1. Opinion

Police at schools is not final answer

Published Jan. 5, 2013

It is understandable in the aftermath of last month's school massacre in Connecticut that local educators and police officials are rethinking campus security and looking to calm anxious parents. The decision in Hillsborough County to put armed officers at every elementary school when classes resume Monday is well-intended. But it is a temporary goodwill gesture and an emotional reaction rather than a real strategy for addressing the real problem: the glut of high-powered guns and ammunition on the streets and the glaring holes in state and federal laws that are supposed to balance public safety with gun rights.

The Hillsborough County Sheriff's Office and the Tampa Police Department announced last week they would post one uniformed employee at each of the county's 150 elementary schools beginning Monday, when classes resume after the winter break. Officers will be present at the opening and closing bells, though coverage throughout the day is uncertain. At schools inside the city limits, police will stop by as time permits as part of their routine patrols. In the unincorporated areas, deputies will be staffed using overtime pay, though the level of coverage has not been determined.

This is a well-meaning effort to address public concerns only weeks after a gunman stormed into Sandy Hook Elementary School, killing 20 children and six faculty members. Officials stressed the move would last only through the school year and is intended in part to create the breathing space for a public dialogue on any new, permanent security measures.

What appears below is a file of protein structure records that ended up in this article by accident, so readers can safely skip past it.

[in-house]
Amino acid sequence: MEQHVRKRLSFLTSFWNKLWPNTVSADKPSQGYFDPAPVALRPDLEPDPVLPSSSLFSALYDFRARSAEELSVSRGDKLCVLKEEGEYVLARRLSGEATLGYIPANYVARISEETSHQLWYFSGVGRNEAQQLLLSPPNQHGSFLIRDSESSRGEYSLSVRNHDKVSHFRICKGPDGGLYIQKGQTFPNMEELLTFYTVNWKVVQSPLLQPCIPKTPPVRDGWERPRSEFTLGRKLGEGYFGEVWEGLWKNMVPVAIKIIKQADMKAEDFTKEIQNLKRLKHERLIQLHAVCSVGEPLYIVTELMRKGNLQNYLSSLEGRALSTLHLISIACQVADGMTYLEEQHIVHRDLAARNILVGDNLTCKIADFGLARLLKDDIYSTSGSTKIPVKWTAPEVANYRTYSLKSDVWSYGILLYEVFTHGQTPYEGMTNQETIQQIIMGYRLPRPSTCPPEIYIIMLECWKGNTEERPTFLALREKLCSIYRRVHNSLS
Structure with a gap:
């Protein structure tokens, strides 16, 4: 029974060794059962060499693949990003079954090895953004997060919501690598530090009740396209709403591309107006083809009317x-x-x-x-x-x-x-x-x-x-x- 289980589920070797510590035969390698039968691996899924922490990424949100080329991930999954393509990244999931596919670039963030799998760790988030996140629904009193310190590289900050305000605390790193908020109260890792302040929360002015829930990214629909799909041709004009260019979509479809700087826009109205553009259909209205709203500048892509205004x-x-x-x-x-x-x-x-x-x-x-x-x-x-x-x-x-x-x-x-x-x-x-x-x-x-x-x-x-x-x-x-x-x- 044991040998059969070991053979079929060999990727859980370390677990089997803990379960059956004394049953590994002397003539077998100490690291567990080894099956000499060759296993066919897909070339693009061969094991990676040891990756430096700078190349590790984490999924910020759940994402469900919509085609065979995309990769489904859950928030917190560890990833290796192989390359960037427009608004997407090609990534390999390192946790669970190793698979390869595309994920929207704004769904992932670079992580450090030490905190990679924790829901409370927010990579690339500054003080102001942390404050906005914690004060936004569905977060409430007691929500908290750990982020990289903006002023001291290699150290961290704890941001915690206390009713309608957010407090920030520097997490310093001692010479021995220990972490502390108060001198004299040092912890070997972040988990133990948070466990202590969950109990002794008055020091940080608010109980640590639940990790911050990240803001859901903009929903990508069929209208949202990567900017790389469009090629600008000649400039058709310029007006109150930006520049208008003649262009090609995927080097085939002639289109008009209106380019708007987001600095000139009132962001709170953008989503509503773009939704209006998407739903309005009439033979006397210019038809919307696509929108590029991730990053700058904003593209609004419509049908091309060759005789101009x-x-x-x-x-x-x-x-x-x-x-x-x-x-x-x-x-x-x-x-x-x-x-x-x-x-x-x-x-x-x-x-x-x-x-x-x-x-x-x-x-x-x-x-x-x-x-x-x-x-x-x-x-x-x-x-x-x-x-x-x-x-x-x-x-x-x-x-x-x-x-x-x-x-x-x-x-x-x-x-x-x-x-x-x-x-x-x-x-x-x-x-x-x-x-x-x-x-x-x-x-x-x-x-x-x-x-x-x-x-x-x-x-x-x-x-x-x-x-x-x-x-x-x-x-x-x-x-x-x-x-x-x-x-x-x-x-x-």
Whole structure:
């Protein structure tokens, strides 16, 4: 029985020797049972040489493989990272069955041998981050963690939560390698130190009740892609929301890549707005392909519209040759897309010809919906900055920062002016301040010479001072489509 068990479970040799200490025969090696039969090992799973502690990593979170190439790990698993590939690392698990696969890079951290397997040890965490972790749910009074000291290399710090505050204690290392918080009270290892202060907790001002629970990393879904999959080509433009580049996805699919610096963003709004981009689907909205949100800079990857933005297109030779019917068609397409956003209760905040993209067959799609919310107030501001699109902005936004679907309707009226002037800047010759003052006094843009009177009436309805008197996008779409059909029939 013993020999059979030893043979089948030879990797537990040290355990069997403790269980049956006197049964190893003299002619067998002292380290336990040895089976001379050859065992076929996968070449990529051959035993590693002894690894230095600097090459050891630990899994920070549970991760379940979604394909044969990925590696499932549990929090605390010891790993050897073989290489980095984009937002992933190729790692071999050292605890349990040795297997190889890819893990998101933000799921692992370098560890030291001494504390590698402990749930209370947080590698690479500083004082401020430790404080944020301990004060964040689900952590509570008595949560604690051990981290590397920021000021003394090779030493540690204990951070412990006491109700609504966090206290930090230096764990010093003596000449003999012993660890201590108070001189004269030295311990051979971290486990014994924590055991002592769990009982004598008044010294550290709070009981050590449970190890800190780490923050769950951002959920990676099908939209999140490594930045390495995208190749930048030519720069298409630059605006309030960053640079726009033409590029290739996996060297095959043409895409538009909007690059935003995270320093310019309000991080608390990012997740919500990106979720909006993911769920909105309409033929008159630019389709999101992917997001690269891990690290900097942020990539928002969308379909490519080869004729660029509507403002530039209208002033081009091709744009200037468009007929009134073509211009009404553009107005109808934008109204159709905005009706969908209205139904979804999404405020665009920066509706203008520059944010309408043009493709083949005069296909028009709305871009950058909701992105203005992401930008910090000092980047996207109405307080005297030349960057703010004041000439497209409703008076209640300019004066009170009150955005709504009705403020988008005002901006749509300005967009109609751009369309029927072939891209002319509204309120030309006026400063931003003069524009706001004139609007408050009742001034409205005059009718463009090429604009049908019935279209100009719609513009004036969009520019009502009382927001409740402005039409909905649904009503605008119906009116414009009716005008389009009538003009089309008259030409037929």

Hillsborough's response is far more responsible than the call by the National Rifle Association for armed security forces at every school. But it promotes the same false sense of security. Even assuming an officer is on the scene, how is he or she supposed to stop every person in and out of the campus? There is no way in a free society to remove every possible security risk. And there is no parallel with the county's existing program where police serve as resource officers in the middle and high schools. Those officers on campus are focused on maintaining order within the school — stopping fights, petty thefts and acting as a deterrent. Their primary purpose is not to respond to gunmen with assault rifles coming in from the outside.

Focusing on the police as a last line of defense also distracts the public from addressing the real problem. The nation knows what will have a real impact: Reinstating a ban on assault-style weapons, limiting the size of ammunition clips, and requiring that all gun sales be subject to background checks by closing the gun show loophole.

The appropriate response to intruders attacking schools with assault rifles is not more guns in schools and armed security forces. Hillsborough is acting in good faith, and it is not an unreasonable temporary step. But it is no long-term answer, and officials should channel the public's concern and resources toward efforts that have a more meaningful chance of reducing gun violence.